Besides a foundation, the roof may be the most important part of a house. Modern houses tend to have really slight slopes to the roof, probably influenced by mid-century designs. Our roof is drawn on paper with a 1:12 pitch, which is in the category that roofers refer to as flat.
We’ve always liked the look of our roof on our drawings, but after talking with our contractor, we have come to understand that in real life, this roof slope over such a large area can be problematic for leaks, construction (only certain materials can be used to build it), and in many places it isn’t even legal. In fact, our roofing contractor won’t even agree to build the house unless we increase the pitch to 2:12 or consider a butterfly roof (see below).
image from Genite
Butterfly roof image from Prairie Design Build
We don’t have a problem with either of these options, because more than anything we don’t want leaks, but our architect does, citing that it will significantly change the overall design of the house. Changing the roof to a higher pitch would mean more facia in the front, like this:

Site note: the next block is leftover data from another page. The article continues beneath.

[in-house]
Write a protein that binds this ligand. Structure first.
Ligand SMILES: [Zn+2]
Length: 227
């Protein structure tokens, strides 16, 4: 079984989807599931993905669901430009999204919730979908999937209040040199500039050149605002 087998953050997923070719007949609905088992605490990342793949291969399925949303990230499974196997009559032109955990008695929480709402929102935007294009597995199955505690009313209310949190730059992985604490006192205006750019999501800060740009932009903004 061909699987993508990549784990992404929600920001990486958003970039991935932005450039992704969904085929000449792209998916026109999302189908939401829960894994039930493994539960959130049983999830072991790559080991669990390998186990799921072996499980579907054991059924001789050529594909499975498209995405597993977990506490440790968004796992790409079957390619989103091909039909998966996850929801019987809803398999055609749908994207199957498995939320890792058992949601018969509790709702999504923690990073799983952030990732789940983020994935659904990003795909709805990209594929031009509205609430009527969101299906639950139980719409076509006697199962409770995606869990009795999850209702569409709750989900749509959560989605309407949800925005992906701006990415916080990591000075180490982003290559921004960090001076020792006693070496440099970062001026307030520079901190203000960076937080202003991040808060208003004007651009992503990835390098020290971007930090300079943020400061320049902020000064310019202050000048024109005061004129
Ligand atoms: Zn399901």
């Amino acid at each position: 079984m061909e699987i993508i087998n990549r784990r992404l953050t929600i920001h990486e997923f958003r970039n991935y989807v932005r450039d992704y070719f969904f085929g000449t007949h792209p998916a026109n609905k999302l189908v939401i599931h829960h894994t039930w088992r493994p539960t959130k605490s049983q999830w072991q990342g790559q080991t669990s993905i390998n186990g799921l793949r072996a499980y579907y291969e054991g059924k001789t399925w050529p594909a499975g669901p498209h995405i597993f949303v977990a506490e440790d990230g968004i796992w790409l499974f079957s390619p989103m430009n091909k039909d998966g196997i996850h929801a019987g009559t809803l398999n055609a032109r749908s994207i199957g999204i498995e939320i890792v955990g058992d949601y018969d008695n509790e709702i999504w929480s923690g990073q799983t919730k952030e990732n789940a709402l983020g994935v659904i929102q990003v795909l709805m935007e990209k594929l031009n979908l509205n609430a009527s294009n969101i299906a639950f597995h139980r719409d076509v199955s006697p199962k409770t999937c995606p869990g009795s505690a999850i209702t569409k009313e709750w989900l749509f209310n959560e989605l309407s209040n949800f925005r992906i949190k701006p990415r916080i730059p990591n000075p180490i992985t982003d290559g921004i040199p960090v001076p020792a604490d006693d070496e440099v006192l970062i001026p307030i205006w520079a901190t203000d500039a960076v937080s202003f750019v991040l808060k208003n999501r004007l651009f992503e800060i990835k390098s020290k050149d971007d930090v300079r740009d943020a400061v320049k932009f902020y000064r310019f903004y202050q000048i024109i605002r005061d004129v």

(Keep in mind that these drawings of the roof were done by me and are approximate and not all that accurate, as I’m no roofing expert at all, but you get the picture.)
Changing the roof to a butterfly style might be the best option for keeping the basic look of the front of the house, as a cricket could be put in the middle, and each side of the roof would flare up, like this:
Presently, it’s a standoff between form and function, but ultimately function has to win when building a house…